@brson brson added the I-nominated label Jan 11, 2017

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@RalfJung I already revealed the secret at rust-lang/rfcs#2237 last year but I'll have to rewrite it ;)
Pretty much public domain now ^,-

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Centril commented May 8, 2018

@RalfJung I already revealed the secret at rust-lang/rfcs#2237 last year but I'll have to rewrite it ;)
Pretty much public domain now ^,-

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@SoniEx2

yes, a pointer one past the end of an array element would point to the next array element, probably. so what? it's not really nondeterministic? deterministic at compile-time is all that matters anyway. as far as I care, runtime evaluation could segfault for stack exhaustion.

The problem is in situations like the following (in C++):

int x[2];
int y; // let's assume y is put right after the end of x in the stack frame
if (&x[0] + 2 == &y) {
  // ...
}

C compilers want to (and do!) optimize that comparison to false. After all, one pointer points into x and one into y, so it is not possible for them to ever be equal.
Except, of course, that the addresses are equal on the machine because one pointer points right at the end of x, which is the same address as (the beginning of) y! So, if you obscure the code enough such that the compiler does not see any more where the addresses come from, you can tell that the comparison evaluates to true. The C++ standard hence allows both results to occur nondeterministically, justifying both the optimization (which says false) and the compilation to assembly (which says true). The C standard does not allow this, making LLVM (and GCC) non-conforming compilers as both will perform these kinds of optimizations.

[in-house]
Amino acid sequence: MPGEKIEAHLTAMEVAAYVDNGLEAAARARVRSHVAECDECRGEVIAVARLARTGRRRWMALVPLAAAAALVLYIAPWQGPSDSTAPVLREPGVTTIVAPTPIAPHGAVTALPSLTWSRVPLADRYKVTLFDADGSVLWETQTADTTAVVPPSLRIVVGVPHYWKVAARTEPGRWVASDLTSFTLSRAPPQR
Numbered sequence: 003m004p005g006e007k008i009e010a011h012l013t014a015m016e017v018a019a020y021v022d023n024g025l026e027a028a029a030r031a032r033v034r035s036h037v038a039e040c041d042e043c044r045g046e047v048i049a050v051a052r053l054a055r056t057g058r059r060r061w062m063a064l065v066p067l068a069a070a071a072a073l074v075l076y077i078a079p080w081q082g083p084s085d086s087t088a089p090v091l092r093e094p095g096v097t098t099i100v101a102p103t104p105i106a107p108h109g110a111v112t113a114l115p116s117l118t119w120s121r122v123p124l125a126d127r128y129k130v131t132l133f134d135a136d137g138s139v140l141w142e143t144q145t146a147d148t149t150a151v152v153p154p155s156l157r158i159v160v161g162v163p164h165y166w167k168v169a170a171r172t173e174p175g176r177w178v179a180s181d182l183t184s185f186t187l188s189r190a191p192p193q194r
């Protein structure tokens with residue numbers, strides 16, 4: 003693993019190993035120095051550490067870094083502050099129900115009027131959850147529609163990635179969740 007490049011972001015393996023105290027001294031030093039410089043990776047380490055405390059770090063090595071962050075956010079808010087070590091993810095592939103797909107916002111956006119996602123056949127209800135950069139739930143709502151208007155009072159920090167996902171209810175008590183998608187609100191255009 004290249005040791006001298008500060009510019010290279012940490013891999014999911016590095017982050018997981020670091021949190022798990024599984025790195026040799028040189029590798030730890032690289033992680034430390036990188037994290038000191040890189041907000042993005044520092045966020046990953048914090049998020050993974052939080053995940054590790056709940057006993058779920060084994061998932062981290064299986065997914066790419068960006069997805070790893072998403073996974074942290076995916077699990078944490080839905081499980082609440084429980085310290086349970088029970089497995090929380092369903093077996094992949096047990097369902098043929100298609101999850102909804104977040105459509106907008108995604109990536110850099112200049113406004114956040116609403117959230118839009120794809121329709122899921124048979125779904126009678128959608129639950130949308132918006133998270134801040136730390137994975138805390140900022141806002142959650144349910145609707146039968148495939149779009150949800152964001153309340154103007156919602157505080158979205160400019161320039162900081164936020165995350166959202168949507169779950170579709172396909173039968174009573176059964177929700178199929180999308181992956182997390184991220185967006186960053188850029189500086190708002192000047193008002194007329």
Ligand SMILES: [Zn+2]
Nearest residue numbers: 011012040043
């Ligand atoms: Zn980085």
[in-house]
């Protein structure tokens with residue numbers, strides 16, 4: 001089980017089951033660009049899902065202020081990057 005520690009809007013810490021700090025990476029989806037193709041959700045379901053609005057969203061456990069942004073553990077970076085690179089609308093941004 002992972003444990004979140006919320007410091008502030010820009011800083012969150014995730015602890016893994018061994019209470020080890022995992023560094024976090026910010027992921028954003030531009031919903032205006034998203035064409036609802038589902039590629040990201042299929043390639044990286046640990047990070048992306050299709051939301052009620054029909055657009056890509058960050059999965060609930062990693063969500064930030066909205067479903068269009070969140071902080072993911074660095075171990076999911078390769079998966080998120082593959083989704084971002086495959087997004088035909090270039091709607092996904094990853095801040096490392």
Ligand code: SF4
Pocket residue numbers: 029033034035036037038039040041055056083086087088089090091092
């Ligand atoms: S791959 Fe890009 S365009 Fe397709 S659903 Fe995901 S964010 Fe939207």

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RalfJung commented May 8, 2018

@SoniEx2

yes, a pointer one past the end of an array element would point to the next array element, probably. so what? it's not really nondeterministic? deterministic at compile-time is all that matters anyway. as far as I care, runtime evaluation could segfault for stack exhaustion.

The problem is in situations like the following (in C++):

int x[2];